The People's Panel - cost of living: research findings

Research findings from the 'People's Panel' on the cost of living from March 2022 to March 2023. This publication also details the background and motivation for developing the People’s Panel, how it was delivered and what impact it has made.

Background and Context

Since 2011, as set out in the Christie Commission report[7] but also articulated through the Scottish Government’s National Performance Framework, the Scottish Government has been exploring ways of working with members of the public, to enhance policy development and delivery, and improve the quality of life and outcomes for the people of Scotland. Additionally, as a member of the Open Government Partnership, the Scottish Government is working alongside governments across the word and committing to the values of openness, transparency, accountability and citizen participation.

For example, the Scottish Government employs a variety of approaches to engage the public in decision-making, such as: citizen assembles, consultations and participatory budgeting. The Scottish Government has also introduced a new human rights-based Social Security system for Scotland, which emphasises dignity and respect through collaboration with individuals who have lived experience.[8] Building upon this positive practice, and as part of an Open Government commitment, the ‘Participation Framework’ was published in 2023.[9] This sets out that people have the right to contribute to, and to influence, the decisions that affect their lives. Furthermore, it underscores that involving the people likely to be affected by these decisions will lead to improved decision making. However, it is suggested that existing approaches to participation could be improved to be more inclusive, with a greater focus on diversity, accountability and evaluation.[10]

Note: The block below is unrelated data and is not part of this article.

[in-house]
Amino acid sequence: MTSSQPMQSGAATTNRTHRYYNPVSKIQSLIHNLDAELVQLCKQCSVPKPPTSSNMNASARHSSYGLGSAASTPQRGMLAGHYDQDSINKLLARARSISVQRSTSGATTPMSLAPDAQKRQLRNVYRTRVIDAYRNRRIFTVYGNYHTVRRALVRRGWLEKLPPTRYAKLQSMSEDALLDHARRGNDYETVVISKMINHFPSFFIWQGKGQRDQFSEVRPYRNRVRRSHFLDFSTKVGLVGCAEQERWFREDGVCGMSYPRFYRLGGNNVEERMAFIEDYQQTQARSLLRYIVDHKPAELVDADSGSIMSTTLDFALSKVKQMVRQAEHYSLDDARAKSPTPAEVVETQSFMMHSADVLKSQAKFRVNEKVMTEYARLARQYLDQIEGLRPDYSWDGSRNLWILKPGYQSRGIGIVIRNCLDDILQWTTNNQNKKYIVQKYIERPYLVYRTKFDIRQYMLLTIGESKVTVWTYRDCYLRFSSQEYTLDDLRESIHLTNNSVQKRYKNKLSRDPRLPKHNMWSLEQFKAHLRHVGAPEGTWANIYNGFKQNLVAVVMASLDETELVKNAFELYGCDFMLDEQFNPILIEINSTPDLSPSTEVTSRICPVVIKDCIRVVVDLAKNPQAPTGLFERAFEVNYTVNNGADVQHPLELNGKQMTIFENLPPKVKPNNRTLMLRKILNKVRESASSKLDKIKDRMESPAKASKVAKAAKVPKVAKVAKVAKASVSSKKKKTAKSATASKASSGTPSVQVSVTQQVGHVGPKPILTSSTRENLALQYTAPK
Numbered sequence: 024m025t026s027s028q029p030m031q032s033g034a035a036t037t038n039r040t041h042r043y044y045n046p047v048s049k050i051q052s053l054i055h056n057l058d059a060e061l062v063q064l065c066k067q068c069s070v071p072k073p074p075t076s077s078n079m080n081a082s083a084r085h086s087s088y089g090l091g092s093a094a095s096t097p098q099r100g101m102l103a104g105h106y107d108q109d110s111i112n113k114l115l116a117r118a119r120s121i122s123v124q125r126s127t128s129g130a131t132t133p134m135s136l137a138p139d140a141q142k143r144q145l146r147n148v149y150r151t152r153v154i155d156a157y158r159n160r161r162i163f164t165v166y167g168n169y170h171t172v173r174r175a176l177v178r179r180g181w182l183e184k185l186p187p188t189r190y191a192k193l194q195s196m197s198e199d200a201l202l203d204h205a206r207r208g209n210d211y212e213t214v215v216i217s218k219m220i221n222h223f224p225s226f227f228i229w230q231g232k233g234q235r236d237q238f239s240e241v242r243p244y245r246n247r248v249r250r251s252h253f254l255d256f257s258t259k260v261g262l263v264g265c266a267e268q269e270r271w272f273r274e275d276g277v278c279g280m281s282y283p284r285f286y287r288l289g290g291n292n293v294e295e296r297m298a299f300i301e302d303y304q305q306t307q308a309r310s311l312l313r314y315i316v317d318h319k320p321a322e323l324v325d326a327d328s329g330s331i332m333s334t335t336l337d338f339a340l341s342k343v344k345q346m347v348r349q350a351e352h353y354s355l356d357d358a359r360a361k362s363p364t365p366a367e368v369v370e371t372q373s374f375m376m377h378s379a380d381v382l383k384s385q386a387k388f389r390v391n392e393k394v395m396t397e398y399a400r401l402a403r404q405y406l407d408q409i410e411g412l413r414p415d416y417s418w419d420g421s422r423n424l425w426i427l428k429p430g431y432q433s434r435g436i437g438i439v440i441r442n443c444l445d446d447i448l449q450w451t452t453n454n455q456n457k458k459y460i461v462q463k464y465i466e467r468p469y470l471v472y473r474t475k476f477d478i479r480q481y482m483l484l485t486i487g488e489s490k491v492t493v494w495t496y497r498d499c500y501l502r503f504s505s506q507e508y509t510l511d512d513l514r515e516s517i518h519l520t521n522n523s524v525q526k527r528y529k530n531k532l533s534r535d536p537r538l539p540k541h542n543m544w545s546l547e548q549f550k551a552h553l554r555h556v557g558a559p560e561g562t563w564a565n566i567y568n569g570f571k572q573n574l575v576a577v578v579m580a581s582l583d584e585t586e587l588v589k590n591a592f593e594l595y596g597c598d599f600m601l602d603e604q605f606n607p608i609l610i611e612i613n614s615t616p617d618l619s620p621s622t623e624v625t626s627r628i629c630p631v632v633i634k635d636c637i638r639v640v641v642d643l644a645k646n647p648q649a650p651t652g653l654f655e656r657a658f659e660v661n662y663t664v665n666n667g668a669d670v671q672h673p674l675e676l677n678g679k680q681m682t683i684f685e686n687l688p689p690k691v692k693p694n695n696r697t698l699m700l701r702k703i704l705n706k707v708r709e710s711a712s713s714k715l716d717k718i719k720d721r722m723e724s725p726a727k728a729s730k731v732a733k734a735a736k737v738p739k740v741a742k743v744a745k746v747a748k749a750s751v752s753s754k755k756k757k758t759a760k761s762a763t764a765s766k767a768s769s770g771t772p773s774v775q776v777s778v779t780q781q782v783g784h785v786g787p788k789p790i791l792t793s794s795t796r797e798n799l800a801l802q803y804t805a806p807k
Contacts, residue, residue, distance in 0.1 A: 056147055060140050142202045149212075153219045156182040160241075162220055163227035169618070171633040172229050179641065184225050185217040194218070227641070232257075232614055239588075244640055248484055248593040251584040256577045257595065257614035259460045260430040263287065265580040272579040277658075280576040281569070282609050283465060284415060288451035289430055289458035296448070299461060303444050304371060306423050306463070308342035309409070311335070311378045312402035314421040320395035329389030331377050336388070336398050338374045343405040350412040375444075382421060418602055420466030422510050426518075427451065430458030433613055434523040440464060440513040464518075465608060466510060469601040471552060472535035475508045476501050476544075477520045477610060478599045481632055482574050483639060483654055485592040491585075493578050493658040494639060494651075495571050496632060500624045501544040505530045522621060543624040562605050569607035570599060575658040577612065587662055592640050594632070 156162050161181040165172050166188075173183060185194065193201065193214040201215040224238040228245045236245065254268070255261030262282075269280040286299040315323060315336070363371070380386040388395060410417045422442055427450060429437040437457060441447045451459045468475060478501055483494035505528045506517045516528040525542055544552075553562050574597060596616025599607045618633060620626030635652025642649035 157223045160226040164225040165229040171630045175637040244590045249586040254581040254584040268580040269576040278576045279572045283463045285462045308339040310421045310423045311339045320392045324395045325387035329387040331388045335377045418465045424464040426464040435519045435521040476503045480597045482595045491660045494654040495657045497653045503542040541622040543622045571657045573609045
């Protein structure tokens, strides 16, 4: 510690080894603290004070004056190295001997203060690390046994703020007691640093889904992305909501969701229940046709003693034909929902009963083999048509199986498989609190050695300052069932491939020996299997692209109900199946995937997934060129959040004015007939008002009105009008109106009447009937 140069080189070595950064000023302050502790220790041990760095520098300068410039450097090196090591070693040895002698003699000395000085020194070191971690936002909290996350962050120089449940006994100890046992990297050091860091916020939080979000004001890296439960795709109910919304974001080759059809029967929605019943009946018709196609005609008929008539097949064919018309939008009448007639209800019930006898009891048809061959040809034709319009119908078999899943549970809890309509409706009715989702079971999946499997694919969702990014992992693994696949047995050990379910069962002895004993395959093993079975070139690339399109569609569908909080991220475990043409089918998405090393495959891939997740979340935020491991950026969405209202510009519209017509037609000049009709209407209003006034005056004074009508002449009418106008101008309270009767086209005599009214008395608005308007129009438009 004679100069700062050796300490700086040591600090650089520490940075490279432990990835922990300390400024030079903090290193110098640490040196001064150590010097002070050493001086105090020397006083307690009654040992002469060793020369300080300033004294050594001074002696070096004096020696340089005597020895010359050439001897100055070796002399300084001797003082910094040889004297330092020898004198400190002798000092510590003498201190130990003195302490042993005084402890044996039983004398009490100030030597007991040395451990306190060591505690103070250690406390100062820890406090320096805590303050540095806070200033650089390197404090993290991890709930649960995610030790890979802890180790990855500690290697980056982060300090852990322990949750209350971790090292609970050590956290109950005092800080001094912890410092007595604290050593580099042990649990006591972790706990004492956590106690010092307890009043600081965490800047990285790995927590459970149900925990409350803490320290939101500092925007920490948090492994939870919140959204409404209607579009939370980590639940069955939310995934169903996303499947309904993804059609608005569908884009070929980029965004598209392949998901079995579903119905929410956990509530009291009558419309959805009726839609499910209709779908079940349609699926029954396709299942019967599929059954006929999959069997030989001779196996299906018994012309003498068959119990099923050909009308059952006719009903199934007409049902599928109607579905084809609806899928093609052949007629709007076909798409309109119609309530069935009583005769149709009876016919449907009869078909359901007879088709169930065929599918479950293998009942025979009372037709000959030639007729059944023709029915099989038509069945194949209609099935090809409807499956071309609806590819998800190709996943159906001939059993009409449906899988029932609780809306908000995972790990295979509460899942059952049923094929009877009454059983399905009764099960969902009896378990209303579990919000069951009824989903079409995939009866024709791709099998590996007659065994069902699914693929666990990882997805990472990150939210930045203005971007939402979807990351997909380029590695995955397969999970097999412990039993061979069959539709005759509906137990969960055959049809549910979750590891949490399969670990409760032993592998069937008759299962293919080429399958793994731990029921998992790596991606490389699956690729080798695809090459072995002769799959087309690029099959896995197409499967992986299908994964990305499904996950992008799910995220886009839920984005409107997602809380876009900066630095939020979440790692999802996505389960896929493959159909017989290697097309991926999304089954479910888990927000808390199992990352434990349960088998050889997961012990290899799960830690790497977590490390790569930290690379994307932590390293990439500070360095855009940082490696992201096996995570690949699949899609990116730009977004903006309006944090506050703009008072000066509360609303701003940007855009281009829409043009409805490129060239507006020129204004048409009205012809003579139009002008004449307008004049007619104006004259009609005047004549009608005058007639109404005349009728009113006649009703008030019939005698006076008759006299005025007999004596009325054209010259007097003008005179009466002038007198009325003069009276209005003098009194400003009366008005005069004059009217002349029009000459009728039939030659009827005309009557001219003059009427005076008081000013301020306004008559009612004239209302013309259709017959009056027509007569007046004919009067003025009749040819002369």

During the COVID-19 pandemic, the Scottish Government gathered a range of evidence on the virus and the protective measures. As the country entered a period of recovery from COVID-19, decision makers needed access to timely, robust and appropriate evidence to enhance recovery efforts. It became evident that understanding the realities of COVID-19 recovery directly from people was crucial. This led to the establishment of the ‘People’s Panel for Wellbeing: 2022 and Beyond’ with the aim of ensuring direct participation and contributions from the people of Scotland. As such, this sort of participation adds depth and nuance and it provides pointers for further exploration, alongside other forms of research and a wider triangulated evidence base.



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